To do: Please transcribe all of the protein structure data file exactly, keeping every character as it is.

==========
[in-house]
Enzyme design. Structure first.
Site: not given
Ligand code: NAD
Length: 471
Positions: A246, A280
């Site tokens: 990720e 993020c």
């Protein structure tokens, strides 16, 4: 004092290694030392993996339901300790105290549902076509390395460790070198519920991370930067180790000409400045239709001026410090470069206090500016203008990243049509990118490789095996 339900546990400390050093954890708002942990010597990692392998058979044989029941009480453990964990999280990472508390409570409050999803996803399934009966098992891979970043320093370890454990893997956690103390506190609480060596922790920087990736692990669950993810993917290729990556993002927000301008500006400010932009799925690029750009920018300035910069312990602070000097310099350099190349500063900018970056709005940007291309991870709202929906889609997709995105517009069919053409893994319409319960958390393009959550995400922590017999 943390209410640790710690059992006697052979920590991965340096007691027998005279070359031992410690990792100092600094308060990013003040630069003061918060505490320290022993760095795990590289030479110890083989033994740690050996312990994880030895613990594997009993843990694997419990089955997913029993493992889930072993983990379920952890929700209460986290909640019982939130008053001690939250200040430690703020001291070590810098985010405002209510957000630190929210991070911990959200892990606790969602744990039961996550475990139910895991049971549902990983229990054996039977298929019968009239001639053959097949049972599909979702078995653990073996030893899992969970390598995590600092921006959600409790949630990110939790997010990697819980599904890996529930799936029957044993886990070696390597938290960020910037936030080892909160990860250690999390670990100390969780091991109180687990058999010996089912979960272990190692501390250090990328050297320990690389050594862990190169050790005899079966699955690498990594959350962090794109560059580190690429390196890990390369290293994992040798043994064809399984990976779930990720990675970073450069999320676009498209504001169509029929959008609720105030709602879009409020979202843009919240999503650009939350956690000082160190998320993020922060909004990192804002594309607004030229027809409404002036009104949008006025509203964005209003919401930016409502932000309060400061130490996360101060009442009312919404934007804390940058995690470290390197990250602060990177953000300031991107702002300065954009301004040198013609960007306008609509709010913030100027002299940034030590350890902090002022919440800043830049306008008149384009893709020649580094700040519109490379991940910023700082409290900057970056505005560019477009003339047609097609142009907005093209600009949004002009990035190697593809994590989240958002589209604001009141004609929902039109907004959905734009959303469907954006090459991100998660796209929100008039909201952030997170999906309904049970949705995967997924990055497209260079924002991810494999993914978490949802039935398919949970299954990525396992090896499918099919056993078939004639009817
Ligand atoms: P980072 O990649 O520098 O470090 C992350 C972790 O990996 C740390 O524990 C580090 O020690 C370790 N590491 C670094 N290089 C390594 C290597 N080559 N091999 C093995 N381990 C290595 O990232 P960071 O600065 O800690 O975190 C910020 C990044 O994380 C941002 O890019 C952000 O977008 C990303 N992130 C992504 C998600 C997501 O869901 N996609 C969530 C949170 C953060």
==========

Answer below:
[in-house]
Enzyme design. Structure first.
Site: not given
Ligand code: NAD
Length: 471
Positions: A246, A280
């Site tokens: 990720e 993020c």
């Protein structure tokens, strides 16, 4: 004092290694030392993996339901300790105290549902076509390395460790070198519920991370930067180790000409400045239709001026410090470069206090500016203008990243049509990118490789095996 339900546990400390050093954890708002942990010597990692392998058979044989029941009480453990964990999280990472508390409570409050999803996803399934009966098992891979970043320093370890454990893997956690103390506190609480060596922790920087990736692990669950993810993917290729990556993002927000301008500006400010932009799925690029750009920018300035910069312990602070000097310099350099190349500063900018970056709005940007291309991870709202929906889609997709995105517009069919053409893994319409319960958390393009959550995400922590017999 943390209410640790710690059992006697052979920590991965340096007691027998005279070359031992410690990792100092600094308060990013003040630069003061918060505490320290022993760095795990590289030479110890083989033994740690050996312990994880030895613990594997009993843990694997419990089955997913029993493992889930072993983990379920952890929700209460986290909640019982939130008053001690939250200040430690703020001291070590810098985010405002209510957000630190929210991070911990959200892990606790969602744990039961996550475990139910895991049971549902990983229990054996039977298929019968009239001639053959097949049972599909979702078995653990073996030893899992969970390598995590600092921006959600409790949630990110939790997010990697819980599904890996529930799936029957044993886990070696390597938290960020910037936030080892909160990860250690999390670990100390969780091991109180687990058999010996089912979960272990190692501390250090990328050297320990690389050594862990190169050790005899079966699955690498990594959350962090794109560059580190690429390196890990390369290293994992040798043994064809399984990976779930990720990675970073450069999320676009498209504001169509029929959008609720105030709602879009409020979202843009919240999503650009939350956690000082160190998320993020922060909004990192804002594309607004030229027809409404002036009104949008006025509203964005209003919401930016409502932000309060400061130490996360101060009442009312919404934007804390940058995690470290390197990250602060990177953000300031991107702002300065954009301004040198013609960007306008609509709010913030100027002299940034030590350890902090002022919440800043830049306008008149384009893709020649580094700040519109490379991940910023700082409290900057970056505005560019477009003339047609097609142009907005093209600009949004002009990035190697593809994590989240958002589209604001009141004609929902039109907004959905734009959303469907954006090459991100998660796209929100008039909201952030997170999906309904049970949705995967997924990055497209260079924002991810494999993914978490949802039935398919949970299954990525396992090896499918099919056993078939004639009817
Ligand atoms: P980072 O990649 O520098 O470090 C992350 C972790 O990996 C740390 O524990 C580090 O020690 C370790 N590491 C670094 N290089 C390594 C290597 N080559 N091999 C093995 N381990 C290595 O990232 P960071 O600065 O800690 O975190 C910020 C990044 O994380 C941002 O890019 C952000 O977008 C990303 N992130 C992504 C998600 C997501 O869901 N996609 C969530 C949170 C953060």